All of this fascinating information will appeal to more than just writers, and can help chefs, home cooks, vendors, fishermen, and much more. Who doesn't enjoy a great story? Scott Nichols, of Verlasso Salmon, once told me that "fish cannot tell their own stories, so you have to tell it for them." That is at the core of the job of fishermen, aquaculture farmers, retailers, restaurants, supermarkets, and more. They need to explain the stories of the fish they sell as those interesting tales will help them sell more seafood. And for a writer like me, I revel in hearing these compelling tales from the exhibitors at the Seafood Expo. If a story is interesting enough, then I want to share it with my readers, spreading my passion for seafood.

2.  It is a huge event.
Billing itself as "the largest seafood trade event in North America," SENA continues to get larger each year and attendance records were broke once again. This year, there were over 1090 companies exhibiting and the exhibit space has risen from 185,780 net square feet in 2013 to over 197,000 net square feet this year. The attendance reached over 19,000, breaking another record. And this year, a larger number of local bloggers attended the Expo too, which will mean even greater coverage for the seafood industry.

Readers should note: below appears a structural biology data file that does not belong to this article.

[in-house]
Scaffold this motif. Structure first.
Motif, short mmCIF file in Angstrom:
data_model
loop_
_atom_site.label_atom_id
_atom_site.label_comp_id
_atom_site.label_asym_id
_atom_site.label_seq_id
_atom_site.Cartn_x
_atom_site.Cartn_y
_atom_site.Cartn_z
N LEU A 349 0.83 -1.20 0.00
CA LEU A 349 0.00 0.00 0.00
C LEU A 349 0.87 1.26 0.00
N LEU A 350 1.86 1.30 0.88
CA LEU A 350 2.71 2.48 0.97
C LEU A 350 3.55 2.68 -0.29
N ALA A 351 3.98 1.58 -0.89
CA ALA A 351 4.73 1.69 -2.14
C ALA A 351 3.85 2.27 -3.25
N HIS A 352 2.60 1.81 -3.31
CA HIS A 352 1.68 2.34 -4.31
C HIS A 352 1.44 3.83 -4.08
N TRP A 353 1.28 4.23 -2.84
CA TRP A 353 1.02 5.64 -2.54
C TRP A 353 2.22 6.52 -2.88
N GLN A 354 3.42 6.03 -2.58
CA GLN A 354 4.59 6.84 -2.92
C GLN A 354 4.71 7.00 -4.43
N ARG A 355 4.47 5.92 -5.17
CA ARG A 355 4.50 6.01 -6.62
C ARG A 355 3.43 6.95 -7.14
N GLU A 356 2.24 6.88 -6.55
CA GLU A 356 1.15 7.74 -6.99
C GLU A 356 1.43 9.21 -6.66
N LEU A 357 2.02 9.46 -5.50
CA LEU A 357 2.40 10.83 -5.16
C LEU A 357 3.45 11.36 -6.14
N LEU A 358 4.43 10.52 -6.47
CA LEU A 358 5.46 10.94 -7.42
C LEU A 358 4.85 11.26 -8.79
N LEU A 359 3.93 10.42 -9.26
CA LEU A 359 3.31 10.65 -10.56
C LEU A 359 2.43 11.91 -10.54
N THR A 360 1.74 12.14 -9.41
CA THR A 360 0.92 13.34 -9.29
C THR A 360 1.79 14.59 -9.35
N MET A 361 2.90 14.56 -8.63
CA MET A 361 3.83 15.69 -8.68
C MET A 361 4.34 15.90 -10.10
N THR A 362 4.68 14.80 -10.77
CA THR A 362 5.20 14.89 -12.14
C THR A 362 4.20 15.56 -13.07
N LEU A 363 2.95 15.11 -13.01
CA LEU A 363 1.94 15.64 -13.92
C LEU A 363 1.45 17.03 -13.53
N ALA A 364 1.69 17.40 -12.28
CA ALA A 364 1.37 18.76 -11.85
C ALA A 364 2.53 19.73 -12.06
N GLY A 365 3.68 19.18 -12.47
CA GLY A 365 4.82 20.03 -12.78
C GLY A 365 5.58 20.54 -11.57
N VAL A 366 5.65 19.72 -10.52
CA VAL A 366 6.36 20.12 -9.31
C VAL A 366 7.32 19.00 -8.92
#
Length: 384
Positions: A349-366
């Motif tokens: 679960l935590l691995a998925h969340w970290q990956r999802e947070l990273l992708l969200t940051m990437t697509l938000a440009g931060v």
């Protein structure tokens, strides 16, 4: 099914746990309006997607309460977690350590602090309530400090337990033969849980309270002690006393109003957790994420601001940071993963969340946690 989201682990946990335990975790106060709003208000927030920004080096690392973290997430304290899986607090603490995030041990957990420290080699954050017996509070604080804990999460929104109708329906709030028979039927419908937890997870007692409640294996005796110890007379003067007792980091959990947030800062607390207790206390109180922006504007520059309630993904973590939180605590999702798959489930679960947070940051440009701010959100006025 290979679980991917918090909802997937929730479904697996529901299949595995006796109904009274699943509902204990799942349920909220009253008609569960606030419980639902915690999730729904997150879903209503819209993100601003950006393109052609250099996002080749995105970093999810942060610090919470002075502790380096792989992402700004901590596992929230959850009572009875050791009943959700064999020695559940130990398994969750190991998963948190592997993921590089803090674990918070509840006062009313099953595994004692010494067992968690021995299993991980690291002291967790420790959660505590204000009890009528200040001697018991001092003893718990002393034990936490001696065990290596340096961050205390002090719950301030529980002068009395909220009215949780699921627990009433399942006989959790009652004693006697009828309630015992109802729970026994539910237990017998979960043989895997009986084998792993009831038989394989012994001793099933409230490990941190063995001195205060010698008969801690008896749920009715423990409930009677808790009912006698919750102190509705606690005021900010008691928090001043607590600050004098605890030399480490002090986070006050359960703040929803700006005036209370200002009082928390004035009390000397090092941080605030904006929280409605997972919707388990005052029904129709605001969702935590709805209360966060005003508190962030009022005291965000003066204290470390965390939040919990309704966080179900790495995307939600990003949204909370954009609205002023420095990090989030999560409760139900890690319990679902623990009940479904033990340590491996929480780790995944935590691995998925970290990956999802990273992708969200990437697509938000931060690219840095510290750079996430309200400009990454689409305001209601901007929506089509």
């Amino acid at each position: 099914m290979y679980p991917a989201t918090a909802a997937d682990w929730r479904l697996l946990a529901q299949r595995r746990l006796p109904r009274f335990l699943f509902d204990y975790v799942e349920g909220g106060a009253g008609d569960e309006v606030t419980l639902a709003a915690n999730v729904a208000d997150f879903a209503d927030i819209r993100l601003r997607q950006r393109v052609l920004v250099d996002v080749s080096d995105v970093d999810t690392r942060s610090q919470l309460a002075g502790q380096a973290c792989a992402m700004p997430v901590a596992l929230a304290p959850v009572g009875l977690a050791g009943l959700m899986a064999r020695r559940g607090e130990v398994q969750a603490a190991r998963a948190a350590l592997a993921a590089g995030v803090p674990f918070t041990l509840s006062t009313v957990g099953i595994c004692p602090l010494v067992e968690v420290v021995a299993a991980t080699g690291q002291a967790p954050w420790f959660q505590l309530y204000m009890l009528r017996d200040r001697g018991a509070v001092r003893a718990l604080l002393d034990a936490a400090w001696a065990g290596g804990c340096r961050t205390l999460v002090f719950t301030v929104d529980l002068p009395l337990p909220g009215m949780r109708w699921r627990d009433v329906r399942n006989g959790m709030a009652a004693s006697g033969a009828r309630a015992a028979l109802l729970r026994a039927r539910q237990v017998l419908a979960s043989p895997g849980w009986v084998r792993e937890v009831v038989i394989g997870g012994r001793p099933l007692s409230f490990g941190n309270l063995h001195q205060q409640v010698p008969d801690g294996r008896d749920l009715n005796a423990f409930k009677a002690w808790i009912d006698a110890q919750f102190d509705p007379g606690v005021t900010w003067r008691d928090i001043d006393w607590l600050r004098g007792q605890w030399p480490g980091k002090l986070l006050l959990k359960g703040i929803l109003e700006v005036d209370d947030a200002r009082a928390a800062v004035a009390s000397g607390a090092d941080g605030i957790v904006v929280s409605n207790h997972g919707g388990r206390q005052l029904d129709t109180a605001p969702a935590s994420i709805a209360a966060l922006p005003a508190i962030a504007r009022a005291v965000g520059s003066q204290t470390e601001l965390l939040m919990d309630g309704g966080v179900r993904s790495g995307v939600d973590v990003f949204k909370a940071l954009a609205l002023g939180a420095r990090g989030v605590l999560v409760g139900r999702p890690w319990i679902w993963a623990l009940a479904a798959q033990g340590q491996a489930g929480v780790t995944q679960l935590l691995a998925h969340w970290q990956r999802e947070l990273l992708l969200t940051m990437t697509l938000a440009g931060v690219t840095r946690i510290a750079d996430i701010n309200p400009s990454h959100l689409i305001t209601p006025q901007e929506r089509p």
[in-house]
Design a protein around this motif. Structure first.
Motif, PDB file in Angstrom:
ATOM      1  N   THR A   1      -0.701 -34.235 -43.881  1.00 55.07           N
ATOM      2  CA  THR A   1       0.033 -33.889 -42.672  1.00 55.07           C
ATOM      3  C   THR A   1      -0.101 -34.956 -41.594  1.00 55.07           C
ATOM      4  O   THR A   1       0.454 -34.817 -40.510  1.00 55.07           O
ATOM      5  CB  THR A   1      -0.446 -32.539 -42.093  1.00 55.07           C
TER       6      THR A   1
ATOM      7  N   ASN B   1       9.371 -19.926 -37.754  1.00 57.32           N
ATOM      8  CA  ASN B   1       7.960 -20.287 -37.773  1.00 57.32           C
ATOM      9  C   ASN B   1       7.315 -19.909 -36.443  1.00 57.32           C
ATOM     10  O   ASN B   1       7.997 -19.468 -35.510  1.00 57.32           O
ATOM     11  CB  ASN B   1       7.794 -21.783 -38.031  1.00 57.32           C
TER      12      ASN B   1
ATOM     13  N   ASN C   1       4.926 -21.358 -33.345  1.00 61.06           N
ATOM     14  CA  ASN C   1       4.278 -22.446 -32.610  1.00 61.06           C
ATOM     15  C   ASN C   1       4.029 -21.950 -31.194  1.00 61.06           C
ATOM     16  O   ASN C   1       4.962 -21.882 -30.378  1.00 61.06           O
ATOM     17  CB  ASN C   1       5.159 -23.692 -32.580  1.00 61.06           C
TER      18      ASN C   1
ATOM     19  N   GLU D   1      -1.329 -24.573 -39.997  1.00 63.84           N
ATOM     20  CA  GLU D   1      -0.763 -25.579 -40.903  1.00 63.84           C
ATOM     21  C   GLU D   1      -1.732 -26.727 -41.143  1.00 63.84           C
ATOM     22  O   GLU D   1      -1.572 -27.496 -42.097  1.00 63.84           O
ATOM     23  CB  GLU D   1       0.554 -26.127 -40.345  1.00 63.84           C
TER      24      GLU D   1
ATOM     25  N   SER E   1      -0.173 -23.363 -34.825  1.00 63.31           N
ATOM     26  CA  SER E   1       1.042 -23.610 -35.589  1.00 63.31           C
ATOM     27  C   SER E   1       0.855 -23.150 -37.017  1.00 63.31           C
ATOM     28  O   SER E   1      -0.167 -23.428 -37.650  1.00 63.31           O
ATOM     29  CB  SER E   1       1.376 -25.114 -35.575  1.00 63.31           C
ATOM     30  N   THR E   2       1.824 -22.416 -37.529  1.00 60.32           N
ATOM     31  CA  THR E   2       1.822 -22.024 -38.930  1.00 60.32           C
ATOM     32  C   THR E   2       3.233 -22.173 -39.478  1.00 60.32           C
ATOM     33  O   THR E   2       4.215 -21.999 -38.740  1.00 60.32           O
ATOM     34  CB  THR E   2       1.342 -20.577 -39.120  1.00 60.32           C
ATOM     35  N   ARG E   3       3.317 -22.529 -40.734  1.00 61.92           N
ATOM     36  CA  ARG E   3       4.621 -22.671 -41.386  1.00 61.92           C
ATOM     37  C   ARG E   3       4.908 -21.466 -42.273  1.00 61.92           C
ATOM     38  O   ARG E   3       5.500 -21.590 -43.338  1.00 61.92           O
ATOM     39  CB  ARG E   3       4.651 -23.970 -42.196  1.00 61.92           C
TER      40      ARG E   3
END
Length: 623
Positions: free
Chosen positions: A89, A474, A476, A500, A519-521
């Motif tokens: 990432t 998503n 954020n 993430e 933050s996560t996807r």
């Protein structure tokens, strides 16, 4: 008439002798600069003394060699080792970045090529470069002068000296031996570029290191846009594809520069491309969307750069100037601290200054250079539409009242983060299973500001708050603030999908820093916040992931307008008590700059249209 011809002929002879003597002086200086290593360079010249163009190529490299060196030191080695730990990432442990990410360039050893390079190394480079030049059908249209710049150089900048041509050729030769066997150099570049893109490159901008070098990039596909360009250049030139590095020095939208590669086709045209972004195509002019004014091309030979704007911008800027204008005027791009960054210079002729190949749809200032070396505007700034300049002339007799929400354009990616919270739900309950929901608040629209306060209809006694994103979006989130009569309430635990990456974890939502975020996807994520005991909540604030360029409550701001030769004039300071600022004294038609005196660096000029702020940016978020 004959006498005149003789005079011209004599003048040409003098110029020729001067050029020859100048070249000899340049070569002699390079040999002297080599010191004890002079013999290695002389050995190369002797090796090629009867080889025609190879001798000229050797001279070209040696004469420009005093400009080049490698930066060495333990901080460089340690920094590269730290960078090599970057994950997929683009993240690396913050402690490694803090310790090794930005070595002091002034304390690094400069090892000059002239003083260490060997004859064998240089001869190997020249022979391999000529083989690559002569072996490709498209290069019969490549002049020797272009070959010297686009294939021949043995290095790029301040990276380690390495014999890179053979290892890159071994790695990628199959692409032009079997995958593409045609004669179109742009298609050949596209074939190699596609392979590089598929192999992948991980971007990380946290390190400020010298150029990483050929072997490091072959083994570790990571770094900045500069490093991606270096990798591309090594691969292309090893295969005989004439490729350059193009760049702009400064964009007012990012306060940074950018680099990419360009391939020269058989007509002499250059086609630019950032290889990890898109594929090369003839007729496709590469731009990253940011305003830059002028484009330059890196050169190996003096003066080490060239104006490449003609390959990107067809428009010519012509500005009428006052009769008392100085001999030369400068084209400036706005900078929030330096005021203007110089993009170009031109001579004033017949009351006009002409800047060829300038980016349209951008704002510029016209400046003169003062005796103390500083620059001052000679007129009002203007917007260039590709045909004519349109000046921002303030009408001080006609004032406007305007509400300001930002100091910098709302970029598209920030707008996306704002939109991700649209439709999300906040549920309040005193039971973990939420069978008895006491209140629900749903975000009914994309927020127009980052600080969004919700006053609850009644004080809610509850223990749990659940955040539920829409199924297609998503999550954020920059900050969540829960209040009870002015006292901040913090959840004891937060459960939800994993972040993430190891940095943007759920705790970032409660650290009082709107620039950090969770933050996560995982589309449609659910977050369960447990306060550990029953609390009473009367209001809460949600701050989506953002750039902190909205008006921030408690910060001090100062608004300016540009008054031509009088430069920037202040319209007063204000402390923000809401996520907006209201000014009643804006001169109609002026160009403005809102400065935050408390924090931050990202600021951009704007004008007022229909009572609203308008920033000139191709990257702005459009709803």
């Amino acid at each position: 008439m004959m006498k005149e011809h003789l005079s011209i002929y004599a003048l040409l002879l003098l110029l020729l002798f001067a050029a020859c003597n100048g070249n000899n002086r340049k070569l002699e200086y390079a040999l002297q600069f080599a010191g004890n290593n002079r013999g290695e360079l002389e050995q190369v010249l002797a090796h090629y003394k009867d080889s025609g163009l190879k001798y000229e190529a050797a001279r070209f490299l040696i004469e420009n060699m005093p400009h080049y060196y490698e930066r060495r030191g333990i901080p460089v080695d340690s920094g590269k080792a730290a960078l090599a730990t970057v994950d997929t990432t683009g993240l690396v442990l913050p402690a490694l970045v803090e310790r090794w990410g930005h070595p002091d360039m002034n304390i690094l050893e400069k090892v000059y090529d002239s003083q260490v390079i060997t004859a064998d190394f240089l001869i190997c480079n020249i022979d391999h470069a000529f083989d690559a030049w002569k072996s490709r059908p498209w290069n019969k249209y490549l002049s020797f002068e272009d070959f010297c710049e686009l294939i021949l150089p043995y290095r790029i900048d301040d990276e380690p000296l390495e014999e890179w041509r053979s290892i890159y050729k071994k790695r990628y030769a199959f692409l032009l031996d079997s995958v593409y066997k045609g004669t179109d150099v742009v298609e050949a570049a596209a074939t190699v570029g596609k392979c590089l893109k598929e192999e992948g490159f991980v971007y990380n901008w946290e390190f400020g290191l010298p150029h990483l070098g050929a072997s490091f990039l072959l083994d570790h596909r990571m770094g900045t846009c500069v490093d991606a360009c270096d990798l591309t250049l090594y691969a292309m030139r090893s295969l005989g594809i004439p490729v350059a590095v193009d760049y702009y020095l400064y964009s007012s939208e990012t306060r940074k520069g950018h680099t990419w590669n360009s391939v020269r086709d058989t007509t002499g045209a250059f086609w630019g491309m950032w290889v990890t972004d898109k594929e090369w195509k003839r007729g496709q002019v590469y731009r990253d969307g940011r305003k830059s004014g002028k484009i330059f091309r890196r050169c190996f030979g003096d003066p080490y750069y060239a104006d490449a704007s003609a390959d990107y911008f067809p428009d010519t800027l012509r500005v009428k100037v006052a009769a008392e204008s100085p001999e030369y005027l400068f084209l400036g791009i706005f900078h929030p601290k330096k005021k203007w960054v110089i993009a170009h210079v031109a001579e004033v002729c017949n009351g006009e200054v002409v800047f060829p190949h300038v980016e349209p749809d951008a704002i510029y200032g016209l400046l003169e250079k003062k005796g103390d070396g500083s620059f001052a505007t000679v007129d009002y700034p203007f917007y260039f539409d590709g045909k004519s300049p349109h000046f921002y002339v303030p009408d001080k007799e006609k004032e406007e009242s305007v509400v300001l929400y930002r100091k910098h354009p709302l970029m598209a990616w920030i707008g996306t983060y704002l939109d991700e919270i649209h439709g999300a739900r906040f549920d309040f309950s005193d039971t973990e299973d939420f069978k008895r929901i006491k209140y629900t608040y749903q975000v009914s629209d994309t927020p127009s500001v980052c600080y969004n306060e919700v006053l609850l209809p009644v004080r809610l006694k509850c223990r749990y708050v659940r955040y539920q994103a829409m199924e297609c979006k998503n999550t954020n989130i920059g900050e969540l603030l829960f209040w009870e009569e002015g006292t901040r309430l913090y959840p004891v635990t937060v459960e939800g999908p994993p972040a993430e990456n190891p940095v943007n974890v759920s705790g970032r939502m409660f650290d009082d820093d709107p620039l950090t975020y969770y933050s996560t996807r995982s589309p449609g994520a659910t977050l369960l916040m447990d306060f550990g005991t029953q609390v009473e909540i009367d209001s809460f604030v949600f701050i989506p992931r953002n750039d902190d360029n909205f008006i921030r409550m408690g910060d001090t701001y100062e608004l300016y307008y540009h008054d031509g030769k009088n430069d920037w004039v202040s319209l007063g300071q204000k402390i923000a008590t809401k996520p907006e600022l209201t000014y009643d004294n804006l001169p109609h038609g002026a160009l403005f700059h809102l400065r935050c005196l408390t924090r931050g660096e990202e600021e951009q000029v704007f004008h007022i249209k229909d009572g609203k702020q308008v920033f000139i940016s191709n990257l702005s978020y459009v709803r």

It seemed more crowded this year, especially on Sunday and Monday, and at times it was slow walking down the aisles because of all of the people. However, despite the large number of attendees, there still is rarely is a significant line at any booth. What helps is that the huge crowd of attendees is spread out over a vast exhibit hall. They are not compressed into a small area. Fortunately, SENA also last for three days, as there is so much to see and do, and even those three days are only sufficient for you to experience a fraction of what is there. The large number of exhibitors allows there to be a huge diversity of products and services, catering to all needs and preferences. Make sure you get plenty of rest the night before, and wear comfortable shoes, as you'll be walking plenty.

3.  It is very international in scope.